As businesses take their first cautious steps back to some sense of normalcy following the worst of the COVID-19 pandemic, facility managers will be responsible for re-opening buildings that may have been unoccupied for months.
One area of special concern is ensuring a safe supply of water. Stagnant water that has been sitting in pipes or other reservoirs within a building can be a breeding ground for disease-causing bacteria. Removing and managing stagnant water before and after re-opening should be a critical priority.
Risks of Stagnant Water
When buildings are temporarily shut down or normal usage is scaled back significantly, regular water flow is either halted or heavily reduced. This can increase the presence of stagnant water in the plumbing system that must be removed before normal water usage and building occupancy can resume safely.
According to the Centers for Disease Control and Prevention (CDC), “the temporary shutdown or reduced operation of a building and reductions in normal water use can create hazards for returning occupants.”
Although the CDC highlights Legionella as a key concern, the organization warns that other microbial hazards, changes in water chemistry, leaching of lead and metals, disinfection by-products, and sewer gases can also be dangerous.
Options for Removal
Facility managers should have an established water management plan to follow during re-opening procedures. One component of this plan should be removing all stagnant water from a building.
The CDC recommends flushing hot and cold water through all points of use. “Flushing may need to occur in segments due to facility size and water pressure,” according to a CDC document. “The purpose of building flushing is to replace all water inside building piping with fresh water.”
Hot water should be flushed at its maximum temperature, and other water-related equipment such as ice machines, fountains, and refrigeration systems may require special care and cleaning.
Touchless Faucets for Better Hygiene
Once you have flushed stagnant water completely out of your water supply piping, it’s important to make sure other parts of your plumbing system — specifically faucets and other water dispensers — are helping promote good hygiene as much as possible. One way to do that is by installing touchless faucets and fixtures.
For example, Chicago Faucets offers a touchless HyTronic® faucet for Patient Care Applications, which can be pre-programmed to help health care workers and others follow the hand-washing recommendations outlined by the CDC.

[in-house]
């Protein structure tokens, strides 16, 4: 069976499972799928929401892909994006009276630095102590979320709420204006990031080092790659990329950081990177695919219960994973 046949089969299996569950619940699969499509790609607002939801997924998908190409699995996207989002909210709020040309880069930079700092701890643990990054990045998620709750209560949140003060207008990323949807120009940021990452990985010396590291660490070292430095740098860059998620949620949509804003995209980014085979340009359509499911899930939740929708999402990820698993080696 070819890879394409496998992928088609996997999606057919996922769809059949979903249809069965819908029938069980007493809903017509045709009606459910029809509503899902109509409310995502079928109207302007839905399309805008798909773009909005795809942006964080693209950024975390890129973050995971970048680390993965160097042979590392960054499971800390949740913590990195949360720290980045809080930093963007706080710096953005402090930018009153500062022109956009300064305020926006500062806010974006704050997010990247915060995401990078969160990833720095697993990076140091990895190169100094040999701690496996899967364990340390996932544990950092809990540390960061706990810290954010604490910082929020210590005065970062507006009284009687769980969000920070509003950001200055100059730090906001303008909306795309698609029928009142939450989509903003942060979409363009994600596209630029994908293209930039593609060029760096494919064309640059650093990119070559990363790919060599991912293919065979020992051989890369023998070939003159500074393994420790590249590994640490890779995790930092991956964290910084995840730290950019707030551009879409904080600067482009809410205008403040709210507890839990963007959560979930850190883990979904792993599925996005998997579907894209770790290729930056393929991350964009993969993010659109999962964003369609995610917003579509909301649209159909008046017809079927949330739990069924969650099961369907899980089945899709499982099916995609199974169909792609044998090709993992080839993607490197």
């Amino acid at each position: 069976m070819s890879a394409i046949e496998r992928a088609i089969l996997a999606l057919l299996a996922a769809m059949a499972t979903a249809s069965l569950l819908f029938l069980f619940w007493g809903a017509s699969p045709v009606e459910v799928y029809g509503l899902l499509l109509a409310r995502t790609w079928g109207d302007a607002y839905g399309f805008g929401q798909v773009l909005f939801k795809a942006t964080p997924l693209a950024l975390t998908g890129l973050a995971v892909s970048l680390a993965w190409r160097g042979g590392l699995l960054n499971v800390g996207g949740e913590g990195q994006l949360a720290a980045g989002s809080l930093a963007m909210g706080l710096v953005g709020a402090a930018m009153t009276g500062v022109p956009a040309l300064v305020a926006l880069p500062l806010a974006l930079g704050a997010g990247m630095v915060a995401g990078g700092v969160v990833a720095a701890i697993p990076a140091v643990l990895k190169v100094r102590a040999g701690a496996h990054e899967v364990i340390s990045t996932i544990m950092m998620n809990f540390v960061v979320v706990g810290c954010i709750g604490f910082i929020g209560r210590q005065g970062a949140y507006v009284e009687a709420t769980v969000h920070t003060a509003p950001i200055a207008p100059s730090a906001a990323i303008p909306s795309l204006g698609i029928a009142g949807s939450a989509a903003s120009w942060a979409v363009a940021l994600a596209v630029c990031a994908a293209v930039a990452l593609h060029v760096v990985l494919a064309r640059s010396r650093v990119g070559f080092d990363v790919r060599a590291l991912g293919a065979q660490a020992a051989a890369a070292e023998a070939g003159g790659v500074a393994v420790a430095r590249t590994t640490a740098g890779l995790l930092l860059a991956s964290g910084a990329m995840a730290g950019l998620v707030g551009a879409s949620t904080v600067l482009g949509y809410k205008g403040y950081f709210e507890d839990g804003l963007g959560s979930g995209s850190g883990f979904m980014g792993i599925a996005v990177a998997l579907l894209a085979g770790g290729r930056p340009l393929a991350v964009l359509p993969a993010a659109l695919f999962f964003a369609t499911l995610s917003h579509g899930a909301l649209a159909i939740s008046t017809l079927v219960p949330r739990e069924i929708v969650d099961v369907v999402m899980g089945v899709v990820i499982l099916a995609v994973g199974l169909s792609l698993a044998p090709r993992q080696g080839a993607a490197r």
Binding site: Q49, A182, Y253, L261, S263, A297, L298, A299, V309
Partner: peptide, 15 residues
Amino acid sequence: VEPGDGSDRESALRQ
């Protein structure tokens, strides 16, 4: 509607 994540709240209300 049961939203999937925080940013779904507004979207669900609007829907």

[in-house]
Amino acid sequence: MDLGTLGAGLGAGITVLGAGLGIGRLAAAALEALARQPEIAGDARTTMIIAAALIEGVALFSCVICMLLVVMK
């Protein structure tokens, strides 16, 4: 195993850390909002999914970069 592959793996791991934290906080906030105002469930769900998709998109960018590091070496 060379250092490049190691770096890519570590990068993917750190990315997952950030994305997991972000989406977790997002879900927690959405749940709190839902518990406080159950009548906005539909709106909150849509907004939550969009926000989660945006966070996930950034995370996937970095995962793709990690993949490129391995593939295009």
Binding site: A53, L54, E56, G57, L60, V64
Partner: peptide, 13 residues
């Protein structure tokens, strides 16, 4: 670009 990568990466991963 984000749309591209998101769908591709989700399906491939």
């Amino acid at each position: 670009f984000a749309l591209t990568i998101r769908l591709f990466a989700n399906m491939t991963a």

Touchless faucets can provide improved convenience and hygiene in public restrooms to keep visitors safe. Many models take into consideration the special requirements of faucets in commercial buildings, keeping all electronic components above the deck for easy installation and easy access during routine maintenance.
In addition to regularly flushing stagnant water out of a building’s supply system, it’s important that distribution points such as faucets maintain a safe water quality level. A study conducted by the University of Pittsburgh under the guidance of Special Pathogens Laboratory and funded by Chicago Faucets, examined the level of pathogens present in both manual and touchless faucets. The study showed that both types of faucets had the potential to harbor Legionella bacteria.
In response to these findings, Chicago Faucets developed HyTronic faucets for Patient Care Applications. HyTronic for Patient Care is designed and constructed to limit the tested microbial contamination to a level statistically similar to standards set by a conventional manual faucet, while providing the hygiene benefits of touch-free operation. In addition, all Chicago Faucets HyTronic and E-Tronic® faucets, including our E-Tronic 80 Series restroom faucets, can be programmed for an automatic hygiene flush that prevents stagnant water from collecting in the faucet and supply piping.
Faucet Programming with Commander™
Chicago Faucets also offers the Commander handheld programming unit, which allows facility managers to keep close tabs on a building’s water usage and activate special faucet modes, including the hygiene flush feature. Commander allows you to change settings quickly and easily on your Chicago Faucets HyTronic and E-Tronic products. Facility managers can scan and retrieve data, modify settings, and use diagnostic tools to manage all Chicago Faucets electronic fittings from one device.
How to Maintain Water Quality During Periods of Low or No Use
Once you have ensured that your water quality is at a safe level, and you’re ready to re-open your building, be sure you have protocols in place for ongoing maintenance.
Keep lines of communication open with your local water utility to stay informed about water supply disruptions. Implement a maintenance program that regularly checks water temperature, pH level, and disinfectant standards. Implement and document your water management protocol so you can respond quickly to any potential water-related issues. Installing touchless faucets with automatic hygiene flush will provide additional protection at the actual point of water usage, helping to keep employees and guests healthy and safe.